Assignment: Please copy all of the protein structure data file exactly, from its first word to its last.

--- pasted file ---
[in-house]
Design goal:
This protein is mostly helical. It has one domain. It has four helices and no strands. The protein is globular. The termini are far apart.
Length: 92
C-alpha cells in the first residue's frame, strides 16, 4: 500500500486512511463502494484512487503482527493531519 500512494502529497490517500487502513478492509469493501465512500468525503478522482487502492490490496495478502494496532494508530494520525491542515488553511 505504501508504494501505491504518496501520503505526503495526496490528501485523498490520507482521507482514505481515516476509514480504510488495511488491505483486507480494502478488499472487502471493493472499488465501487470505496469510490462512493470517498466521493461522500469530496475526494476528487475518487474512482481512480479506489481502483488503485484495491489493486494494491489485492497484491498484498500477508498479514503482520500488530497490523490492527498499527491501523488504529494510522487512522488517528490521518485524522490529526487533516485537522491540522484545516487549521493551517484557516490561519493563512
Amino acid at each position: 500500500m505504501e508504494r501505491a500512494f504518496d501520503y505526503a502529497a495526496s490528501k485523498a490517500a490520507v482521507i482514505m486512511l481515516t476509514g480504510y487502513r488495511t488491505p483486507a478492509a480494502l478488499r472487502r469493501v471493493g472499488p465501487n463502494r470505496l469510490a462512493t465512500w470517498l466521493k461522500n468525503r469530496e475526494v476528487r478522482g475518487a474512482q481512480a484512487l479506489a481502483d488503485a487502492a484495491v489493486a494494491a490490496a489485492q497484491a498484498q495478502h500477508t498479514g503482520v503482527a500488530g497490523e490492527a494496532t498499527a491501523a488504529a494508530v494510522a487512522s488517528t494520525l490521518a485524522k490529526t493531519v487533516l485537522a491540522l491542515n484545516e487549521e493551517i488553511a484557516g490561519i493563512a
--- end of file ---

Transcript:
[in-house]
Design goal:
This protein is mostly helical. It has one domain. It has four helices and no strands. The protein is globular. The termini are far apart.
Length: 92
C-alpha cells in the first residue's frame, strides 16, 4: 500500500486512511463502494484512487503482527493531519 500512494502529497490517500487502513478492509469493501465512500468525503478522482487502492490490496495478502494496532494508530494520525491542515488553511 505504501508504494501505491504518496501520503505526503495526496490528501485523498490520507482521507482514505481515516476509514480504510488495511488491505483486507480494502478488499472487502471493493472499488465501487470505496469510490462512493470517498466521493461522500469530496475526494476528487475518487474512482481512480479506489481502483488503485484495491489493486494494491489485492497484491498484498500477508498479514503482520500488530497490523490492527498499527491501523488504529494510522487512522488517528490521518485524522490529526487533516485537522491540522484545516487549521493551517484557516490561519493563512
Amino acid at each position: 500500500m505504501e508504494r501505491a500512494f504518496d501520503y505526503a502529497a495526496s490528501k485523498a490517500a490520507v482521507i482514505m486512511l481515516t476509514g480504510y487502513r488495511t488491505p483486507a478492509a480494502l478488499r472487502r469493501v471493493g472499488p465501487n463502494r470505496l469510490a462512493t465512500w470517498l466521493k461522500n468525503r469530496e475526494v476528487r478522482g475518487a474512482q481512480a484512487l479506489a481502483d488503485a487502492a484495491v489493486a494494491a490490496a489485492q497484491a498484498q495478502h500477508t498479514g503482520v503482527a500488530g497490523e490492527a494496532t498499527a491501523a488504529a494508530v494510522a487512522s488517528t494520525l490521518a485524522k490529526t493531519v487533516l485537522a491540522l491542515n484545516e487549521e493551517i488553511a484557516g490561519i493563512a